While some policies provide for the insurance company to select the defense, AIG lets the policyholder select from a panel of prestigious defense firms, Buchmueller adds. It also has an allowance for consultation with a family lawyer. How defense is handled, he says, is particularly important when your client is dealing with a small $1 million policy.

You also need to determine how the umbrella policy responds to a client who might be sitting on a board of directors. "A lot of people sit on boards for non-profits," says Marsh's Lindsay. "Some umbrellas will provide limited coverage. Some will specifically not provide any coverage."

Both Lindsay and Woan agree that if your concern is obtaining broad coverage for your client, the Cadillacs of personal liability umbrella policies are: AIG; Chubb Group of Insurance Cos., Warren, N.J.; and Fireman's Fund Insurance Cos. of Novato, Calif.

But clients need to balance their risk with what they can afford. The more coverage your client seeks, the more expensive it typically gets. Lindsay says that since the terrorist attacks of September 11, there are fewer insurance companies providing personal umbrella liability insurance. She attributes that to the uncertainty of the reinsurance market. "Once you go out above $10 million, the insurance carrier offering the coverage has to go out and buy reinsurance," she says. "Once you get into limits that require reinsurance, it becomes more costly."

Prior to September 11, she says, you could buy personal umbrella liability coverage of $50 million at a cost of $500 to $750 per $1 million. Now, once you hit that $50 million threshold, she says, expect your client to pay between $1,000 and $2,000 per $1 million of additional coverage.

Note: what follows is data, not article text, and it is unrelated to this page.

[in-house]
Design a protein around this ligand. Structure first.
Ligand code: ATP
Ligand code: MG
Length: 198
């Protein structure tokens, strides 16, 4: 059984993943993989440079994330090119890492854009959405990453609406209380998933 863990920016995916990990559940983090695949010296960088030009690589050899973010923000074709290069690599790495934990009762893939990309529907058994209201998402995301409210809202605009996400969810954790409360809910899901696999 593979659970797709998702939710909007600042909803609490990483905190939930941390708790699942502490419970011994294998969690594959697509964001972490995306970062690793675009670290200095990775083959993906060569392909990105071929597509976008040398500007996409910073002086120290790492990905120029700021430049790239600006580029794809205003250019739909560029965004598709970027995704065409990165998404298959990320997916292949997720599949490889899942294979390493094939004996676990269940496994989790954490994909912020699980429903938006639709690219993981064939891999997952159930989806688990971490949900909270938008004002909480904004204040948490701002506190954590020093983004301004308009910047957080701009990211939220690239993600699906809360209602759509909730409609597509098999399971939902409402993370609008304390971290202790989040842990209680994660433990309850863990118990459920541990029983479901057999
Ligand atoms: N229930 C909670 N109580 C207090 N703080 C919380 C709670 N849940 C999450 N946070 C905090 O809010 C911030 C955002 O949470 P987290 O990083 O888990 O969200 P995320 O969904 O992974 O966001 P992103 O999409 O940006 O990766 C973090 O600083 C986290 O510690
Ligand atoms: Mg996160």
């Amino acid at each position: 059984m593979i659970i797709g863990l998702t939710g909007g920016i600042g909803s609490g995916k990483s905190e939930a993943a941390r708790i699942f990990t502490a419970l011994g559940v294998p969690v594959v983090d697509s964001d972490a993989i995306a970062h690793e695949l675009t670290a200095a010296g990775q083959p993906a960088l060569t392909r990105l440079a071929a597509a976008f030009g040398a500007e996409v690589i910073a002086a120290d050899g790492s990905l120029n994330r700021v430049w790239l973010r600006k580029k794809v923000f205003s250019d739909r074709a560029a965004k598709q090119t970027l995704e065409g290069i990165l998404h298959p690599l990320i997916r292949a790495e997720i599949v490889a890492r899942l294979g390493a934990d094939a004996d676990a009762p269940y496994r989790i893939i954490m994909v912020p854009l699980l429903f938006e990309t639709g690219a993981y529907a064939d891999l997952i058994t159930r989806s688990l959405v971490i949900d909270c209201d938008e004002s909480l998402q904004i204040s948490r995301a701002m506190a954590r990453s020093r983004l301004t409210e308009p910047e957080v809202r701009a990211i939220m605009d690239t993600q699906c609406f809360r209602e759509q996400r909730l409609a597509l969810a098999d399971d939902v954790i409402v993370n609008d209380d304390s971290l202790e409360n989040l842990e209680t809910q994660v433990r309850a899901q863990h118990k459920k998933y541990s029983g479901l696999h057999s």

Sometimes, she says, the price can be cut by adjusting the mix between the underlying coverage and the umbrella. Say, for example, a client needs a $15 million umbrella policy that is going to cost $10,000. It could prove more cost-effective to buy more coverage under the underlying policy instead. You might increase the premium on the underlying policy from $1,000 to $5,000 for more coverage and buy less umbrella coverage.

How much personal umbrella liability coverage should clients have? Lindsay says advisors need to take into consideration their clients' assets and, even more important, "visible assets" and future earnings. "It's one thing if I were involved in a car accident and another if I were the CEO of a major corporation-someone you might read about in The Wall Street Journal."

You also must consider what things in clients' lifestyles put them at risk. Are their children driving cars? Are they skiing? Do they have domestic help? Do they drink regularly?

There are a couple of other critical issues that financial advisors need to watch for in their clients' umbrella liability insurance policies.

Woan warns that advisors need to make certain that all assets are covered under the umbrella liability policy. Too often, she says, clients will buy a new car for a vacation home, buy auto insurance for it, and forget to have their agent add it to the umbrella policy.

Also, make certain umbrella policies accurately reflect the way assets are titled, suggests AIG's Buchmueller. "A financial advisor might work on an elaborate asset-protection strategy--nvolving things like LLCs (limited liability corporations) or family trusts," he says. "All assets may be held in six trusts and the liability policies show no protection for those."

Gail Liberman's latest book is More Rags to Riches: All New Stories of How Ordinary People Achieved Extraordinary Wealth! (Dearborn).